Don’t be a fool and believe in a tool
Although I have more of a management role these days I am still very much involved in designing and building digital products. And I still like that a lot. When you call yourself a “creative” person it is hard to just stop creating. Design or digital design is quite different today than it was a few years ago. The tools changed. What was Fireworks became Photoshop, what was Photoshop became Sketch, what was Sketch became Figma and Figma might become Invision Studio or Webflow or whatever. With the tools the design languages also evolved. From “Bevel an Emboss” we moved to flat design and all of a sudden every website looked the same. I wonder if someone counted the amount of copies people created from the stripe.com website.
I read a post from Claudio Guglieri recently which made me think about how I start designing e.g. a website. We as designers put to much trust in the tool we use every day. Especially when you’re in web design, you look at a bunch of inspiration sites and start designing. I am designing websites in Sketch most of the time — I like the way symbols work in Sketch and it is a good feeling when everything is structured nicely, you have your symbols, text styles and sort of design components. But, the tool totally limits your creativity. We become so obsessed with the tools we use, because every designer has a favorite and tries to convnice other designers to use the same. And that’s just so wrong.
Instead why not starting with an idea first. And with that I don’t mean to start looking through the archives on siteinspire.com or awwwards.com or whatever. I mean we should maybe just grab a nice design book or we just go outside and look around or we just look at old interface trends. Sometimes I find that some interfaces from 10 years ago worked better, than the stuff we are creating today. As an example — when you create an interface for a country where the internet just became a thing three to five years ago, “Bevel an Emboss” is still worth using because no one understands the flat design trend yet.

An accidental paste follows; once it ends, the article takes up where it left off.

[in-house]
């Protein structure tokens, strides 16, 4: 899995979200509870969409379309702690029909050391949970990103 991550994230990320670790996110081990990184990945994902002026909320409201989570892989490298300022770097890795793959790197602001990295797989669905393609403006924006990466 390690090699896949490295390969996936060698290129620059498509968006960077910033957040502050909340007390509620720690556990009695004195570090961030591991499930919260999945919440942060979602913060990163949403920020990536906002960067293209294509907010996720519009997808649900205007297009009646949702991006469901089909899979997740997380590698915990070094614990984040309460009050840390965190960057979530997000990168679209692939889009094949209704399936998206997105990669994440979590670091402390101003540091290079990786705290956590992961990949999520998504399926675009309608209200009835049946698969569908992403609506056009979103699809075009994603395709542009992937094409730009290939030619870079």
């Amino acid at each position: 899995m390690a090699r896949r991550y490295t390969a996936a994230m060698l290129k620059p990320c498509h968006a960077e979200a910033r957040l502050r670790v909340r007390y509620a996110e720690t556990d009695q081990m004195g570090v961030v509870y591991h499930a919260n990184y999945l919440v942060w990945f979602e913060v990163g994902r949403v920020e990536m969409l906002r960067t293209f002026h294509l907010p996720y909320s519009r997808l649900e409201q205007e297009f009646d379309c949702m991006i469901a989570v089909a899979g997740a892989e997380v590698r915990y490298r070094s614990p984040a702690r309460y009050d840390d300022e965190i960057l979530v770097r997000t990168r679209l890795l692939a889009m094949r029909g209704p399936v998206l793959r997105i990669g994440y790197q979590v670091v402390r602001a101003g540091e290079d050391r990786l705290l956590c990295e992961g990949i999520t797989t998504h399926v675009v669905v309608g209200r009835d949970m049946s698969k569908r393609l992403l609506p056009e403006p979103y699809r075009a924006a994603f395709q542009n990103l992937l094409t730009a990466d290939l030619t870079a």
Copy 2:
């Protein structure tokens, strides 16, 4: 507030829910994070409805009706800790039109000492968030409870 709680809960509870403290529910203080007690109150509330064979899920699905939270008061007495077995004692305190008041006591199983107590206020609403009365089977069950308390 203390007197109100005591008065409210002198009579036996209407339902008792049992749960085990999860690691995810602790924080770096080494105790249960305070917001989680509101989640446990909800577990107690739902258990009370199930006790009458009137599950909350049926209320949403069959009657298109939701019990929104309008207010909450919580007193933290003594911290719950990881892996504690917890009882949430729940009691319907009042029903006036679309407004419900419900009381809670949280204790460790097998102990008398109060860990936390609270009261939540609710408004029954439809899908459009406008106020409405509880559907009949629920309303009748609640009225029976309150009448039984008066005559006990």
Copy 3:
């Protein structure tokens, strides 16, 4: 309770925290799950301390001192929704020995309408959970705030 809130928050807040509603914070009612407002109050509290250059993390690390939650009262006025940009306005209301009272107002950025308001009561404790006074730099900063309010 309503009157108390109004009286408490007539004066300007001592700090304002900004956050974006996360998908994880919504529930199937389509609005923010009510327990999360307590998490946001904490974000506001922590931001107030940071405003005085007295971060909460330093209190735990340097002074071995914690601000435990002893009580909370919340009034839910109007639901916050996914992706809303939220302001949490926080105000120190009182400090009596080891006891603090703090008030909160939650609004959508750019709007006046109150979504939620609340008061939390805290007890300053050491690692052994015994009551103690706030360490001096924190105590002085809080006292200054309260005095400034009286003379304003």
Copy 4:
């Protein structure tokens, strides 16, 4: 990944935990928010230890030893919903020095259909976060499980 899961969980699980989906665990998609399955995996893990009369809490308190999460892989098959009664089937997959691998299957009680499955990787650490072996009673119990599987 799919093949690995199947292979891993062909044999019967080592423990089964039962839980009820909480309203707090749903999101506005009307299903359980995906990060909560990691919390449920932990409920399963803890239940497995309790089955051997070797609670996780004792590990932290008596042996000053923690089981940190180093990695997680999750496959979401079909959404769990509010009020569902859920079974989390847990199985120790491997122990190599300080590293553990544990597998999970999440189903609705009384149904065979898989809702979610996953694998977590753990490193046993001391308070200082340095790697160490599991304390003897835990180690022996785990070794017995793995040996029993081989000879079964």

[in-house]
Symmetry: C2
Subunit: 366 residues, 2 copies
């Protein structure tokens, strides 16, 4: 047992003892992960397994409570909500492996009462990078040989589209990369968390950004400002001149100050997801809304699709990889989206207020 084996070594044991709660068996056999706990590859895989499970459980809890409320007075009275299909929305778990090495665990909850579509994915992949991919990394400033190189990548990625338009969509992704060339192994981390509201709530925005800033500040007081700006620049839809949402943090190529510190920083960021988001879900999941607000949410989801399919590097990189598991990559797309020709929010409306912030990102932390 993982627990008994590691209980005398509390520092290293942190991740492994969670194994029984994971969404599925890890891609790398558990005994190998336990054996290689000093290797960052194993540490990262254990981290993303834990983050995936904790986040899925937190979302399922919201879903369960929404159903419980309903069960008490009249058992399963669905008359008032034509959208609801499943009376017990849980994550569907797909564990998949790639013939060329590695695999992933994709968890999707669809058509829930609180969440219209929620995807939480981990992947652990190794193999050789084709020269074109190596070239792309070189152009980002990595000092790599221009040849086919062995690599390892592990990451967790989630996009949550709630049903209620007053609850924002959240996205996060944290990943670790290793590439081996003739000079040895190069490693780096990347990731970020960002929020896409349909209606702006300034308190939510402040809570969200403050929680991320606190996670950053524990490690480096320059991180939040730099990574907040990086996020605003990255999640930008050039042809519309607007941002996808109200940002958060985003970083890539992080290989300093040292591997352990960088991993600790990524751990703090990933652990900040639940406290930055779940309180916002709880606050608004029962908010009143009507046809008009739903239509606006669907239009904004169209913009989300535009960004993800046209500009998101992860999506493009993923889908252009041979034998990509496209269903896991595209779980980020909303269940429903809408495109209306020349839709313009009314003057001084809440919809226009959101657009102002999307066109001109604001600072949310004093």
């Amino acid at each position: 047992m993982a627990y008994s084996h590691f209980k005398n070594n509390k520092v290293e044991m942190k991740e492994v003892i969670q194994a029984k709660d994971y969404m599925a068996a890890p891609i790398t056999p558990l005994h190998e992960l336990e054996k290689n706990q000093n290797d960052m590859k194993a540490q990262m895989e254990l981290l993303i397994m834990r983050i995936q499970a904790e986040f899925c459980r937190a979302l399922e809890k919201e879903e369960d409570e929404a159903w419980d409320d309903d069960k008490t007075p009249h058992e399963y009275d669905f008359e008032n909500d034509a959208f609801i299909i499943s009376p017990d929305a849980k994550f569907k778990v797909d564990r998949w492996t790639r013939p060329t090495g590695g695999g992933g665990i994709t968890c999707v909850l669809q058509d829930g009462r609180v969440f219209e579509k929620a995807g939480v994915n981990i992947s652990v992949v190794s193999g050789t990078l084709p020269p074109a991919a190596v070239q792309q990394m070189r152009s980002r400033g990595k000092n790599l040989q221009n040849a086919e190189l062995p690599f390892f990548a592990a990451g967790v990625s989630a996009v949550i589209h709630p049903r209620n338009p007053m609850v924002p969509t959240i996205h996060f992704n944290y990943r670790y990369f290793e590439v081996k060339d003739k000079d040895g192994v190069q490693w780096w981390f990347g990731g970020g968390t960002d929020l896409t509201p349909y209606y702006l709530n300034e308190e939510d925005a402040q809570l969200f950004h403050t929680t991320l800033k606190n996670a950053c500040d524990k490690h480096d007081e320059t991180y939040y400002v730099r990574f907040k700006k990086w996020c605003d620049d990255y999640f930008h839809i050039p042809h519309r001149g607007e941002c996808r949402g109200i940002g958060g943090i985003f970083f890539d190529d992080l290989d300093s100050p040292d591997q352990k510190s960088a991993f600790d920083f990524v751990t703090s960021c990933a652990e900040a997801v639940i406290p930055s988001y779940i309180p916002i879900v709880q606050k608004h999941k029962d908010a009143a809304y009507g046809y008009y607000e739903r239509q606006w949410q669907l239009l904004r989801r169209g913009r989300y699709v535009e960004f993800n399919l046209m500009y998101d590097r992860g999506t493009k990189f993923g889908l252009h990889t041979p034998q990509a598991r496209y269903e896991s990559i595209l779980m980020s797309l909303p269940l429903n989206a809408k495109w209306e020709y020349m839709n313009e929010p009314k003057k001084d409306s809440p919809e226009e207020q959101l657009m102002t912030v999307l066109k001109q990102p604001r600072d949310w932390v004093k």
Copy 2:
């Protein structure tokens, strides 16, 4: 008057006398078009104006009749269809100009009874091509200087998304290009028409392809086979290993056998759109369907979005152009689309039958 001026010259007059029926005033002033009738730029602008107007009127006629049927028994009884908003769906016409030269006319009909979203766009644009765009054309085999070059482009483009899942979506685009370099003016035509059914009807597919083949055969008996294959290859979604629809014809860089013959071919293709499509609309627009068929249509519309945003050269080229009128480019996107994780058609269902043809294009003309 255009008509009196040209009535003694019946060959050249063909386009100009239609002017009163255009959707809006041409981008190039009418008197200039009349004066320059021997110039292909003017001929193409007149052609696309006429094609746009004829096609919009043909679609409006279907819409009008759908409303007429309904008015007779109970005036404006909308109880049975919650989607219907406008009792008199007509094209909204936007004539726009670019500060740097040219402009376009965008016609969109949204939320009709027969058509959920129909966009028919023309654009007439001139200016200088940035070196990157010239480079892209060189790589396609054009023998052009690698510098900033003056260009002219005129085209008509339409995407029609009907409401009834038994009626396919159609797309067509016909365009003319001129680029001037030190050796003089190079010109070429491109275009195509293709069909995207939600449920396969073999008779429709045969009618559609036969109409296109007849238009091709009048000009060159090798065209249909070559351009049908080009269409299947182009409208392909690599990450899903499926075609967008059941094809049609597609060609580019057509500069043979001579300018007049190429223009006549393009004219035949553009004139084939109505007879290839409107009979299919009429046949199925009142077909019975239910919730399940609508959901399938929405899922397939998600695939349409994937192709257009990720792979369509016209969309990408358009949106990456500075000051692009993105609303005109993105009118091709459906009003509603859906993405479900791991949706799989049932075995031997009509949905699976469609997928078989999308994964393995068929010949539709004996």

Also a few words on the topic storytelling (however you interpret the buzzword). When you want to tell a story, meaning want to sell a product it is first of all irrelevant to look at interface design trends. We (as designers) should focus on the idea first. What’s the product about, in which surrounding can we put it so that people find it interesting all of a sudden. I just started reading a book on the topic NLP (Neuro-linguistic programming) and although I just read 30 pages I already got so much inspiration out of it, how I could make ideas work better. I highly recommend looking into that topic! Well, my point is, there is so much work to be done before you even start drawing or designing something and with the recent design trends we got just lazy and put something out there without focusing on the why, how and what anymore.
With the flat design trend everyone can be a designer today.